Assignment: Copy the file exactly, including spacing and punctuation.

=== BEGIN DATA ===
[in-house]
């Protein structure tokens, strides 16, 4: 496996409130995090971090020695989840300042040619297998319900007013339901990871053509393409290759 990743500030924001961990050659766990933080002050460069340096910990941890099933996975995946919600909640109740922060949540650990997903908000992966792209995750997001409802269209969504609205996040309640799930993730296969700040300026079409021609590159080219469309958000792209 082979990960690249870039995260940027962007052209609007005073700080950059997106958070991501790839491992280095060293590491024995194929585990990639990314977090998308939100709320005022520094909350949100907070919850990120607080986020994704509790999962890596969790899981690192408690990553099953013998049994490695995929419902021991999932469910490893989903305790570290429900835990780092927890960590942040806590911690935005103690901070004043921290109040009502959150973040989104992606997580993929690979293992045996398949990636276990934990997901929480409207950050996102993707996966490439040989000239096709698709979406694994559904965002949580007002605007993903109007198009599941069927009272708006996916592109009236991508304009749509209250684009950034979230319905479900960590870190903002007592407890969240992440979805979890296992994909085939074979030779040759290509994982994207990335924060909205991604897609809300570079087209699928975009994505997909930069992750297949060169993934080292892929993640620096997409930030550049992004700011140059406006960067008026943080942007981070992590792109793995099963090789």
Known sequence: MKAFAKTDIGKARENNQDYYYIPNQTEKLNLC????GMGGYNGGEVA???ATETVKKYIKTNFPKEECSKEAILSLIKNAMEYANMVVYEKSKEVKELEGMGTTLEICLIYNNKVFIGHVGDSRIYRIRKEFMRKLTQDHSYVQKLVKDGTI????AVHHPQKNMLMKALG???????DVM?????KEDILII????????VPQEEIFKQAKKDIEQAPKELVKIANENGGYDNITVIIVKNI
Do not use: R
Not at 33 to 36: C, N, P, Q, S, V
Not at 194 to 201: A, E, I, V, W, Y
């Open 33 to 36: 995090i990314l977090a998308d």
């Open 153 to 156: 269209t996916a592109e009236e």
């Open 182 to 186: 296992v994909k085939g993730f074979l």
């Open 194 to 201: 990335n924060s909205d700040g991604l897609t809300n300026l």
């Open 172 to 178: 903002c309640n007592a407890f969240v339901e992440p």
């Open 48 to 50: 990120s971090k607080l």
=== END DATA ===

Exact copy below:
[in-house]
């Protein structure tokens, strides 16, 4: 496996409130995090971090020695989840300042040619297998319900007013339901990871053509393409290759 990743500030924001961990050659766990933080002050460069340096910990941890099933996975995946919600909640109740922060949540650990997903908000992966792209995750997001409802269209969504609205996040309640799930993730296969700040300026079409021609590159080219469309958000792209 082979990960690249870039995260940027962007052209609007005073700080950059997106958070991501790839491992280095060293590491024995194929585990990639990314977090998308939100709320005022520094909350949100907070919850990120607080986020994704509790999962890596969790899981690192408690990553099953013998049994490695995929419902021991999932469910490893989903305790570290429900835990780092927890960590942040806590911690935005103690901070004043921290109040009502959150973040989104992606997580993929690979293992045996398949990636276990934990997901929480409207950050996102993707996966490439040989000239096709698709979406694994559904965002949580007002605007993903109007198009599941069927009272708006996916592109009236991508304009749509209250684009950034979230319905479900960590870190903002007592407890969240992440979805979890296992994909085939074979030779040759290509994982994207990335924060909205991604897609809300570079087209699928975009994505997909930069992750297949060169993934080292892929993640620096997409930030550049992004700011140059406006960067008026943080942007981070992590792109793995099963090789």
Known sequence: MKAFAKTDIGKARENNQDYYYIPNQTEKLNLC????GMGGYNGGEVA???ATETVKKYIKTNFPKEECSKEAILSLIKNAMEYANMVVYEKSKEVKELEGMGTTLEICLIYNNKVFIGHVGDSRIYRIRKEFMRKLTQDHSYVQKLVKDGTI????AVHHPQKNMLMKALG???????DVM?????KEDILII????????VPQEEIFKQAKKDIEQAPKELVKIANENGGYDNITVIIVKNI
Do not use: R
Not at 33 to 36: C, N, P, Q, S, V
Not at 194 to 201: A, E, I, V, W, Y
């Open 33 to 36: 995090i990314l977090a998308d």
């Open 153 to 156: 269209t996916a592109e009236e």
């Open 182 to 186: 296992v994909k085939g993730f074979l």
């Open 194 to 201: 990335n924060s909205d700040g991604l897609t809300n300026l």
């Open 172 to 178: 903002c309640n007592a407890f969240v339901e992440p």
């Open 48 to 50: 990120s971090k607080l």